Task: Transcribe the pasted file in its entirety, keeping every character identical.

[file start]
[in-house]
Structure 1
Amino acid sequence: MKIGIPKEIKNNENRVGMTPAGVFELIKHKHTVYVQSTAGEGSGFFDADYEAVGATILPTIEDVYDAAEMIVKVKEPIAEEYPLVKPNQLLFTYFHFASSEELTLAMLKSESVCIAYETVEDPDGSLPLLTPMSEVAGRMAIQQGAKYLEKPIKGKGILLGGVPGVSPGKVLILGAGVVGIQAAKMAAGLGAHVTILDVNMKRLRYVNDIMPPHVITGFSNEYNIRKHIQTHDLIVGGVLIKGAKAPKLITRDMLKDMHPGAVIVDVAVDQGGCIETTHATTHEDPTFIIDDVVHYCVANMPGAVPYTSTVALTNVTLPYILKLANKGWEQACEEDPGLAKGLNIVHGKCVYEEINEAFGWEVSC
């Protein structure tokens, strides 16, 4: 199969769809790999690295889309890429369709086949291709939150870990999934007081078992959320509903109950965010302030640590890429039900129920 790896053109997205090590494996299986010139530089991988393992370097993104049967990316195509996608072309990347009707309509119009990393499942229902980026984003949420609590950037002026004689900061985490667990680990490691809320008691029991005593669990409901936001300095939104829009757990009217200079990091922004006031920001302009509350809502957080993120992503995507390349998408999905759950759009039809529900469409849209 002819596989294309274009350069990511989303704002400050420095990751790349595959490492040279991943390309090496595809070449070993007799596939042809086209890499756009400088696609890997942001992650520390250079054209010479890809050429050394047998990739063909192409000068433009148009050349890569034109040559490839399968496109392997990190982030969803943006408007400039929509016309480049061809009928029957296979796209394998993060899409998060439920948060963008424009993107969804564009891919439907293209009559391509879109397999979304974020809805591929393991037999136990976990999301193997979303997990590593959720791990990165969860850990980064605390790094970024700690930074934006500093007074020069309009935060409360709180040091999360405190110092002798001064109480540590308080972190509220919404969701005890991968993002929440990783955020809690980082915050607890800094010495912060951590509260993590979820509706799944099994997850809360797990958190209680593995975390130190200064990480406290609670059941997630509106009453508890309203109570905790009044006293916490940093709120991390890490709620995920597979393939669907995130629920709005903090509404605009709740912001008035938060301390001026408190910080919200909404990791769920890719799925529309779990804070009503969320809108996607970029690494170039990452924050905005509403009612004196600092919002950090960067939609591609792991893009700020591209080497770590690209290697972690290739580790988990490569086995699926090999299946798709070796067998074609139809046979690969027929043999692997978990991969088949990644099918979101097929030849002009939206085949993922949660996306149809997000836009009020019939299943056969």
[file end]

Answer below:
[in-house]
Structure 1
Amino acid sequence: MKIGIPKEIKNNENRVGMTPAGVFELIKHKHTVYVQSTAGEGSGFFDADYEAVGATILPTIEDVYDAAEMIVKVKEPIAEEYPLVKPNQLLFTYFHFASSEELTLAMLKSESVCIAYETVEDPDGSLPLLTPMSEVAGRMAIQQGAKYLEKPIKGKGILLGGVPGVSPGKVLILGAGVVGIQAAKMAAGLGAHVTILDVNMKRLRYVNDIMPPHVITGFSNEYNIRKHIQTHDLIVGGVLIKGAKAPKLITRDMLKDMHPGAVIVDVAVDQGGCIETTHATTHEDPTFIIDDVVHYCVANMPGAVPYTSTVALTNVTLPYILKLANKGWEQACEEDPGLAKGLNIVHGKCVYEEINEAFGWEVSC
């Protein structure tokens, strides 16, 4: 199969769809790999690295889309890429369709086949291709939150870990999934007081078992959320509903109950965010302030640590890429039900129920 790896053109997205090590494996299986010139530089991988393992370097993104049967990316195509996608072309990347009707309509119009990393499942229902980026984003949420609590950037002026004689900061985490667990680990490691809320008691029991005593669990409901936001300095939104829009757990009217200079990091922004006031920001302009509350809502957080993120992503995507390349998408999905759950759009039809529900469409849209 002819596989294309274009350069990511989303704002400050420095990751790349595959490492040279991943390309090496595809070449070993007799596939042809086209890499756009400088696609890997942001992650520390250079054209010479890809050429050394047998990739063909192409000068433009148009050349890569034109040559490839399968496109392997990190982030969803943006408007400039929509016309480049061809009928029957296979796209394998993060899409998060439920948060963008424009993107969804564009891919439907293209009559391509879109397999979304974020809805591929393991037999136990976990999301193997979303997990590593959720791990990165969860850990980064605390790094970024700690930074934006500093007074020069309009935060409360709180040091999360405190110092002798001064109480540590308080972190509220919404969701005890991968993002929440990783955020809690980082915050607890800094010495912060951590509260993590979820509706799944099994997850809360797990958190209680593995975390130190200064990480406290609670059941997630509106009453508890309203109570905790009044006293916490940093709120991390890490709620995920597979393939669907995130629920709005903090509404605009709740912001008035938060301390001026408190910080919200909404990791769920890719799925529309779990804070009503969320809108996607970029690494170039990452924050905005509403009612004196600092919002950090960067939609591609792991893009700020591209080497770590690209290697972690290739580790988990490569086995699926090999299946798709070796067998074609139809046979690969027929043999692997978990991969088949990644099918979101097929030849002009939206085949993922949660996306149809997000836009009020019939299943056969």